Melanistic (all black) animals, the opposite of albinism, do happen in nature. Check out some of the most fascinating examples.
Melanistic Eastern Blue Tongue Skink (Tiliqua scincoides scincoides).
Melanistic Golden Mantled Ground Squirrel; there are still a few of these squirrels in the area from periods when fires had been frequent. Melanism is just an extreme pigment mutation that causes deeply dark-colored animals.
Photographer R.M.Buquoi shot these pictures of a rare black fawn in Austin, Texas.
An extremely rare all-black penguin was photographed near Antartica by Andrew Evans of National Geographic. The king penguin doesn’t look like his tuxedoed counterparts because of what one scientist described as a “one-in-a-zillion kind of mutation.”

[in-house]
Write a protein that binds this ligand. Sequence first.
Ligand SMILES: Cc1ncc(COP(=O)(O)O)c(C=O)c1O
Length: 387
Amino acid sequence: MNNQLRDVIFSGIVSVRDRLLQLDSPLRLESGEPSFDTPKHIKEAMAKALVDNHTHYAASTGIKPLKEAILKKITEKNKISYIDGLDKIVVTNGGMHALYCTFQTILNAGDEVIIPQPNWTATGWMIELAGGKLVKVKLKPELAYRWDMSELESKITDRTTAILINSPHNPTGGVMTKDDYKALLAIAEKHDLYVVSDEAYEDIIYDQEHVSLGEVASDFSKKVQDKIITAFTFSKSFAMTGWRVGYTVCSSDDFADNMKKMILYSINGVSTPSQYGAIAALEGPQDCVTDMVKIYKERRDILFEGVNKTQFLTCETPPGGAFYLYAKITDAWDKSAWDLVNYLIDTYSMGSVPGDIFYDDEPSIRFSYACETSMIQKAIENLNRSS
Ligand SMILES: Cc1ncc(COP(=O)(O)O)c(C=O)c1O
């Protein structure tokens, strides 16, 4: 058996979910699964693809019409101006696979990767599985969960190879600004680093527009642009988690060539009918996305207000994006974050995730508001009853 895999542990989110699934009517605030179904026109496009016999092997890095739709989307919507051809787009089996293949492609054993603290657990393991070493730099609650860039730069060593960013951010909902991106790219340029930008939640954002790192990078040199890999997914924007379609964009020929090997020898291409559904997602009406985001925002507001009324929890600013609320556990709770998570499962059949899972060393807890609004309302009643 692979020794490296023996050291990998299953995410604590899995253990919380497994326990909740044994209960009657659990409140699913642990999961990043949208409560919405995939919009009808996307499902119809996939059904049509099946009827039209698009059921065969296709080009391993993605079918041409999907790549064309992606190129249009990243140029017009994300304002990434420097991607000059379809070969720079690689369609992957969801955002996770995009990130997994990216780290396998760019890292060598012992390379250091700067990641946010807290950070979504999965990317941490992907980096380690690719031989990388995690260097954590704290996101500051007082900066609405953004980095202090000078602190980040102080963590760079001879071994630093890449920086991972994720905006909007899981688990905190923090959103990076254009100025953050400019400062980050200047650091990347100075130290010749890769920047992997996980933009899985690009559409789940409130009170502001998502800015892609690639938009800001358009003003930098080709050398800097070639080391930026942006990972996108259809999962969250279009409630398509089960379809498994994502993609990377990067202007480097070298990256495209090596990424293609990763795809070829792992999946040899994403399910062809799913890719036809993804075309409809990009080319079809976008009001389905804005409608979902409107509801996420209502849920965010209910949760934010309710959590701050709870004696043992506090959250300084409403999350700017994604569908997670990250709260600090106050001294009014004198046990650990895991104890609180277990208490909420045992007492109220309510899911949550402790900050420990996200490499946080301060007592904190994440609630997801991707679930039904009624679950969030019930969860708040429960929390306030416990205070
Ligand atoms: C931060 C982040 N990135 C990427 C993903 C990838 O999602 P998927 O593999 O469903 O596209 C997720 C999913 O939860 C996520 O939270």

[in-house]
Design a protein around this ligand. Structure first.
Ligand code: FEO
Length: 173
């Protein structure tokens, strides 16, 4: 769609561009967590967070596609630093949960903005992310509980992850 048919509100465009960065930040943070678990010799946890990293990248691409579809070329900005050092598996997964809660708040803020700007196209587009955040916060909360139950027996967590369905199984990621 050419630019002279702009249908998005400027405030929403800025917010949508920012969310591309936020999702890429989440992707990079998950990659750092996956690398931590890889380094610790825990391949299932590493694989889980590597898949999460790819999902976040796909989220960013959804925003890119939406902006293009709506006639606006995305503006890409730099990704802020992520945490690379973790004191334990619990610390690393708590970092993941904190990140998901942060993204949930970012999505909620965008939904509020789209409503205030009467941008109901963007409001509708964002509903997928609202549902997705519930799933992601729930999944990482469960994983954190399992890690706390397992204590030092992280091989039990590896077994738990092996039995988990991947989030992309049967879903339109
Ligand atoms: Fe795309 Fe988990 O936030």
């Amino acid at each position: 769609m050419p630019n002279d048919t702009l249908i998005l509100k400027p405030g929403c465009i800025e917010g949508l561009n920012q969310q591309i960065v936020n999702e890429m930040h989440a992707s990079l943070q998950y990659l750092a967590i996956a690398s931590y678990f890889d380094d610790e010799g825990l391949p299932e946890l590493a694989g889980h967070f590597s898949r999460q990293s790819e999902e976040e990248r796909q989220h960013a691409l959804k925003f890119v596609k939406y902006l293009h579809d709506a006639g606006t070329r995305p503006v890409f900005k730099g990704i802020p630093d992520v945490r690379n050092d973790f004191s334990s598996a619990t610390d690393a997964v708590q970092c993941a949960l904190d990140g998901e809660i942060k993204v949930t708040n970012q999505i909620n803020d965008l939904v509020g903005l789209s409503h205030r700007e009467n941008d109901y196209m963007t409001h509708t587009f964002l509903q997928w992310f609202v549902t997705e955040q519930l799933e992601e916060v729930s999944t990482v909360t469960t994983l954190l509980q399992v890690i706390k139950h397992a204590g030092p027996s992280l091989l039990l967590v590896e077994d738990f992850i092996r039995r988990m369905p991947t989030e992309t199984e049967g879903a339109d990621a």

The Silver Fox is a melanistic form of red fox. Melanism is an undue development of dark-colored pigment in the skin, and is the opposite of albinism. Silver foxes display a great deal of pelt variation: some are completely black, save for the white tail tip, while others may be bluish-grey. Wild silver foxes do not reproduce exclusively with members of the same coat morph, and can be littermates with the common red variety.
Two Plains Zebras, one with a rare dark melanistic coloration at Etosha National Park, Namibia.
Melanistic seal pup in Shetland UK. Courtesy of Hillswick Wildlife.
Black Panther – a typical melanistic color of any species of big cats. In Latin America, a Black Panther is just a melanistic jaguar; in Asia and Africa it’s a black leopard, and in North America it may be black jaguars or pumas. By the way, it has been proven that black cats have a more balanced nervous system and faster response than other colors of cats. In the photo: Jaguar-melanistic.
Black elephant stands out like a sore thumb playing with his white friends
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